“I certainly understood the play after writing the novel, but I hadn’t been thinking about the historical context of when it was making the impact that it did.”
“I started to wonder. You know, I’m writing about a real play that had real people in it. What actually happened to them? Was their experience fulfilling? Was it traumatic? Did it change their lives?”
As it happens, my 15-year-old twins just returned from a religious-school pilgrimage to Amsterdam, where they of course visited the Anne Frank House. They were struck by the wall of copies of The Diary of a Young Girl in some 80 different languages — its ubiquity, its universality. And they were somewhat disturbed by the manga version, which seemed to sexualize the main character, and by an attempt to imagine Anne’s teenage journaling as a video-blog.
There was an Israeli animated film in 2021 in which Kitty, the imaginary friend Anne addressed her diary to, goes in search of her, convinced she did not die in the Holocaust. There have also been recent Twitter campaigns lambasting Anne as a colonizer. Somehow, this dead girl’s diary remains an object of endless fascination and reinterpretation; Adam’s novel includes a Trump-era staging of the play in which refugees are hiding from U.S. Immigrations and Customs Enforcement, and he told me his dad suggested, back in the 1970s, a version about apartheid South Africa.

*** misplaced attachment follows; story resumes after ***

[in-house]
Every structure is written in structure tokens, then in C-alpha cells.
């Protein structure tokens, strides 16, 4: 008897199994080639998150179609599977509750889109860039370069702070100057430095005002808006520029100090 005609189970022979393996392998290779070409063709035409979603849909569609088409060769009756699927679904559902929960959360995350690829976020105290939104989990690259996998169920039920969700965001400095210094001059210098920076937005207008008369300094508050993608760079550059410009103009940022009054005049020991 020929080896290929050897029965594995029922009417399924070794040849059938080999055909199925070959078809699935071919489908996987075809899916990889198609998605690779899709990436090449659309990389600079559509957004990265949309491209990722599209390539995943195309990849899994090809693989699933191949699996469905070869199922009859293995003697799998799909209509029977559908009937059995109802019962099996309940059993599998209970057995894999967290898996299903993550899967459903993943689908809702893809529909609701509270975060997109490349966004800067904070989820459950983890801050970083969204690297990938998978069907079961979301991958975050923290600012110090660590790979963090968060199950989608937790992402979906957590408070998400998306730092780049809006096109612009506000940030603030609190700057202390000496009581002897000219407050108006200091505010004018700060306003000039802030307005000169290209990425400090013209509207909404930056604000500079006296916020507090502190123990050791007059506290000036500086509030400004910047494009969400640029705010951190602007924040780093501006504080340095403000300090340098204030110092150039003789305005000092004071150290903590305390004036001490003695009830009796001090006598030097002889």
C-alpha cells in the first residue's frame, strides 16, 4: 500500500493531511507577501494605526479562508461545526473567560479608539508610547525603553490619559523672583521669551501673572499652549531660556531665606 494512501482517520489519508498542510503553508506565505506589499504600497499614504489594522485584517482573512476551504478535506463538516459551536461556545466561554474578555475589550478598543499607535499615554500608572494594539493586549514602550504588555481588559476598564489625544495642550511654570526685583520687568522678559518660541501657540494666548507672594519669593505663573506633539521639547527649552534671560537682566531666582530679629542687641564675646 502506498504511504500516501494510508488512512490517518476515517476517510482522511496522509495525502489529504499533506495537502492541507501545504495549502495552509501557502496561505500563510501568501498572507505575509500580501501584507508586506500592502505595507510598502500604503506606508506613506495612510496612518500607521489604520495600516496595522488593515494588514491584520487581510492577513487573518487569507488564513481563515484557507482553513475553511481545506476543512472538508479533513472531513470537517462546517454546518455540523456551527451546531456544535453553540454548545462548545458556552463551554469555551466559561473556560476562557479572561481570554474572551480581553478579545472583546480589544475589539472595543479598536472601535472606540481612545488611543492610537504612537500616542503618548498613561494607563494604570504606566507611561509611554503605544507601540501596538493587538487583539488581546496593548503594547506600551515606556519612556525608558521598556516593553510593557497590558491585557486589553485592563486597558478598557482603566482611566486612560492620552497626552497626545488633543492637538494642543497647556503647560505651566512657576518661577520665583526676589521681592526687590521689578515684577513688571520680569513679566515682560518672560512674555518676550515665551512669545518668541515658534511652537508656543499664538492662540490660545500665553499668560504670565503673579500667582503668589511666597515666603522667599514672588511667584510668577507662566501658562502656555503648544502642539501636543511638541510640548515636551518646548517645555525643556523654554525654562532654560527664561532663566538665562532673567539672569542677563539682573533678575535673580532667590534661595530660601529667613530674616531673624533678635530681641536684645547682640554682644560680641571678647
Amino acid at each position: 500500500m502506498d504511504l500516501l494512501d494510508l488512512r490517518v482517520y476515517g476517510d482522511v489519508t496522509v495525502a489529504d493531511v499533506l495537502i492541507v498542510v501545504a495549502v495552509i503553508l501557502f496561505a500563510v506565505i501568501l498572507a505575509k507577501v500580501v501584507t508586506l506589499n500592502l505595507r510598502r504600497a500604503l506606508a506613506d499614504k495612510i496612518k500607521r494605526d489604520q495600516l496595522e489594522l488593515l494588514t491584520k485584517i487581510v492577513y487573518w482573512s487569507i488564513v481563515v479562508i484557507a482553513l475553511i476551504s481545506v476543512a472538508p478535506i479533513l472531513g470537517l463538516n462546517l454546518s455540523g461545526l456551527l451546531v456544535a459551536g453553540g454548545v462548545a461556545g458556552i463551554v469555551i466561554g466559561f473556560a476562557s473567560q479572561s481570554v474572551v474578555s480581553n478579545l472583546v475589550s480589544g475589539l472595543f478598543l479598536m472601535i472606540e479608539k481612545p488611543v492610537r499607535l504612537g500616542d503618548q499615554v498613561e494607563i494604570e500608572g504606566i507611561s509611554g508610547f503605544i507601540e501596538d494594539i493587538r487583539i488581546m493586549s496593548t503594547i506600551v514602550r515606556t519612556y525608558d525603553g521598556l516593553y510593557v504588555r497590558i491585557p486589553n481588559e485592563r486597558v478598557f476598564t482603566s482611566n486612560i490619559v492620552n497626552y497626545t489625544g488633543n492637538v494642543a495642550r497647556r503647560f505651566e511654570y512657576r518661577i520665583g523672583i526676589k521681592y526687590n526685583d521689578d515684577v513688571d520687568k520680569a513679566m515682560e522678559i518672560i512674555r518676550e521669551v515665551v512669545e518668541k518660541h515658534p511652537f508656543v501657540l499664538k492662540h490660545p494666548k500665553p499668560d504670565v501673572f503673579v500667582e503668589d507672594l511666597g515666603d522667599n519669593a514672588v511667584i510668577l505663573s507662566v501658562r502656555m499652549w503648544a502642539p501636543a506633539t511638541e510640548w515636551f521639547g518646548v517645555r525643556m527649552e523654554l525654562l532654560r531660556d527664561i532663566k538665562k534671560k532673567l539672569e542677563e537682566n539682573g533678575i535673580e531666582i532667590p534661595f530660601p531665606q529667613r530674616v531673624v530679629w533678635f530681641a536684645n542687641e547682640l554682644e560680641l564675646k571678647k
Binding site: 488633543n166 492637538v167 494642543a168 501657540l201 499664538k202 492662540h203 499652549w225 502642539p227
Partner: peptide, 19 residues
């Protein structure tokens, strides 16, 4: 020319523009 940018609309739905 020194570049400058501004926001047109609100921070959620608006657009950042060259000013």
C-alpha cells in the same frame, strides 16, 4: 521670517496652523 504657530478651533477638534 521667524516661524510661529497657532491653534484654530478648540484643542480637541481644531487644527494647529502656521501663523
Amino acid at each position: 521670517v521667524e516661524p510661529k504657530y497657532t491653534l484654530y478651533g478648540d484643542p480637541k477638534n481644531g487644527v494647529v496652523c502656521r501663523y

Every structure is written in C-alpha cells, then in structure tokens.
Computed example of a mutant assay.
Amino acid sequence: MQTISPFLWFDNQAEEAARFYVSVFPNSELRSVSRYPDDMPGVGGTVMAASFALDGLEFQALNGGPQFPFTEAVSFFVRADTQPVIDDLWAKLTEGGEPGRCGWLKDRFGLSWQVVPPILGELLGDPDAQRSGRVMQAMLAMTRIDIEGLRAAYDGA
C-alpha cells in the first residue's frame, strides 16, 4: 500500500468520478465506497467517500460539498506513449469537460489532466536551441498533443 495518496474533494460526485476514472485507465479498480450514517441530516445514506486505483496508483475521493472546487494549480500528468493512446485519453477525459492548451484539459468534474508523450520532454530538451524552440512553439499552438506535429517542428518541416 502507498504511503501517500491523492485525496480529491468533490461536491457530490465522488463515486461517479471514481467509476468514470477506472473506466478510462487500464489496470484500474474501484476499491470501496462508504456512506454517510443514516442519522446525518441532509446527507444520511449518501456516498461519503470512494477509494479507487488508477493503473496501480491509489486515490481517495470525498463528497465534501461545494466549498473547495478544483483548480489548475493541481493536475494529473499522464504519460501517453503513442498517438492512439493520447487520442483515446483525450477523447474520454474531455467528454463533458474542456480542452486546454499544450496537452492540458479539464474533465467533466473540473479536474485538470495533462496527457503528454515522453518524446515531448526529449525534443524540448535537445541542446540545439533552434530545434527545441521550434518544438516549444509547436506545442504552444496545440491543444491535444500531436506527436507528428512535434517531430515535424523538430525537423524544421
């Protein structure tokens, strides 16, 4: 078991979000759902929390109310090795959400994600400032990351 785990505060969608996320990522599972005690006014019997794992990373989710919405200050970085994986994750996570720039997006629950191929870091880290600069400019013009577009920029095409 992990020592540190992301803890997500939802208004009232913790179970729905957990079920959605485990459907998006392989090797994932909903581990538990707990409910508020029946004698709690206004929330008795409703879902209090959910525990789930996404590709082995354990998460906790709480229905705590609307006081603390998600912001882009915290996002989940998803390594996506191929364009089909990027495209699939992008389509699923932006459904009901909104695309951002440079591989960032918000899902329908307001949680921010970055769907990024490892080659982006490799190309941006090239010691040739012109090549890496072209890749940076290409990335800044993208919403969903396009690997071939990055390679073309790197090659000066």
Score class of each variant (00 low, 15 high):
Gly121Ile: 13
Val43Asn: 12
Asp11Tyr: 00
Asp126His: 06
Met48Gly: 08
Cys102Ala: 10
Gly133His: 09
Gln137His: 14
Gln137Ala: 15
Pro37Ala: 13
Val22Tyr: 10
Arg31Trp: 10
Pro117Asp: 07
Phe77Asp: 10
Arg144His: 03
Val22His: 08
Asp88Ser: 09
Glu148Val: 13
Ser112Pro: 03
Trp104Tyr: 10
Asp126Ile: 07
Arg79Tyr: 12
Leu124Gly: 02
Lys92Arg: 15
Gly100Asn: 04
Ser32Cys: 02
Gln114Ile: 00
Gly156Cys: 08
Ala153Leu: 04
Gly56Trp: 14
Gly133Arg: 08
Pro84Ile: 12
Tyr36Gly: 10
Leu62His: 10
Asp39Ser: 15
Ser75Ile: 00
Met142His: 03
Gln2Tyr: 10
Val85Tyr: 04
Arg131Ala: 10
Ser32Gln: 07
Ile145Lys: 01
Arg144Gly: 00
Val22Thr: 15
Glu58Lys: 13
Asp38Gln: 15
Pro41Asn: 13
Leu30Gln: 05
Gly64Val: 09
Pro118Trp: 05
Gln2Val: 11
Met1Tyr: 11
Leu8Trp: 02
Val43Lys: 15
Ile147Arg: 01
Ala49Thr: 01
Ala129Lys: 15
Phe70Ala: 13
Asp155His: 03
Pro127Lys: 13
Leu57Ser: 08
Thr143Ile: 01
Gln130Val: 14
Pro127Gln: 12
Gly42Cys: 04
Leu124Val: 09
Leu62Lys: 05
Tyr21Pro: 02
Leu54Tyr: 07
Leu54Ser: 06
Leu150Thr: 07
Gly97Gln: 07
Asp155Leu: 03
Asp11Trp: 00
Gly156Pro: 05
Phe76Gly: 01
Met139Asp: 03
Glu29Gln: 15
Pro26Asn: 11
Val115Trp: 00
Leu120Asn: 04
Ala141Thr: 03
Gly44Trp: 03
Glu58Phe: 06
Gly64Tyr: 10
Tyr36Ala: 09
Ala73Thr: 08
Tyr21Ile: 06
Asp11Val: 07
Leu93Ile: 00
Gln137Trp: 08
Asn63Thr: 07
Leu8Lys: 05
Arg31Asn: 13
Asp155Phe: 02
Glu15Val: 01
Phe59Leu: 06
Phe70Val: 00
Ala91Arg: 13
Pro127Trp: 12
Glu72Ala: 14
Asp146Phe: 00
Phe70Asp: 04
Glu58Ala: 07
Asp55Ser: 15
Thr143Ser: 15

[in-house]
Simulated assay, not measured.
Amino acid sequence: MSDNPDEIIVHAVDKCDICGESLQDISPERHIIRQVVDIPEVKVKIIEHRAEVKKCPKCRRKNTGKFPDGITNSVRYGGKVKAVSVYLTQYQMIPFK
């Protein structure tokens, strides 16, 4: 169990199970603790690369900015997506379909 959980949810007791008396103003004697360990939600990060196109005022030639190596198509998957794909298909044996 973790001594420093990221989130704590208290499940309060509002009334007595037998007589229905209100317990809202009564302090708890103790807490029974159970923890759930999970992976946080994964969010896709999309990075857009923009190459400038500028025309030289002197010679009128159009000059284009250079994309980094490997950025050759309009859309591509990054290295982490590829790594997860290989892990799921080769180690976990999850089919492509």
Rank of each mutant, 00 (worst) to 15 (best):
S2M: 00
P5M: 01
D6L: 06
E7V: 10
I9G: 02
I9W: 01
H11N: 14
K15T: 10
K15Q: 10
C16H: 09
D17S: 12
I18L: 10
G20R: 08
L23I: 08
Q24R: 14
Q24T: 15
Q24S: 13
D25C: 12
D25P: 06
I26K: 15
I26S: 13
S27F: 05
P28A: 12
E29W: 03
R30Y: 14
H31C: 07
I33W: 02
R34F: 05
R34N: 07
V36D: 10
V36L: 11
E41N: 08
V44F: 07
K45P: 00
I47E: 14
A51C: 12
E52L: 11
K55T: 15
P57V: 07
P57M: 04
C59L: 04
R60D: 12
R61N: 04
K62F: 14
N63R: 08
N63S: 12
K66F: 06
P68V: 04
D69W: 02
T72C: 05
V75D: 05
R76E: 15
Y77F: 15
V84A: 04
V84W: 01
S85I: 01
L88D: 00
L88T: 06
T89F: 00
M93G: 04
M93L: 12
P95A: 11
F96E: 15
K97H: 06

My favorite episode of Playing Anne Frank is the one coming Tuesday, in which Adam talks to four teenagers who played Anne in productions just last year. Actually I cannot pick a favorite, because it’s all so fascinating.
One of the coolest things is hearing people in the late chapters of their lives talk about things they did and said and felt when they were young. There’s a moving moment in which Adam had Steve Press and Pauline Hahn, the actors who played Peter Van Daan and Anne Frank in the Bus & Truck Tour of more than 100 American cities, reenact the play’s final scene.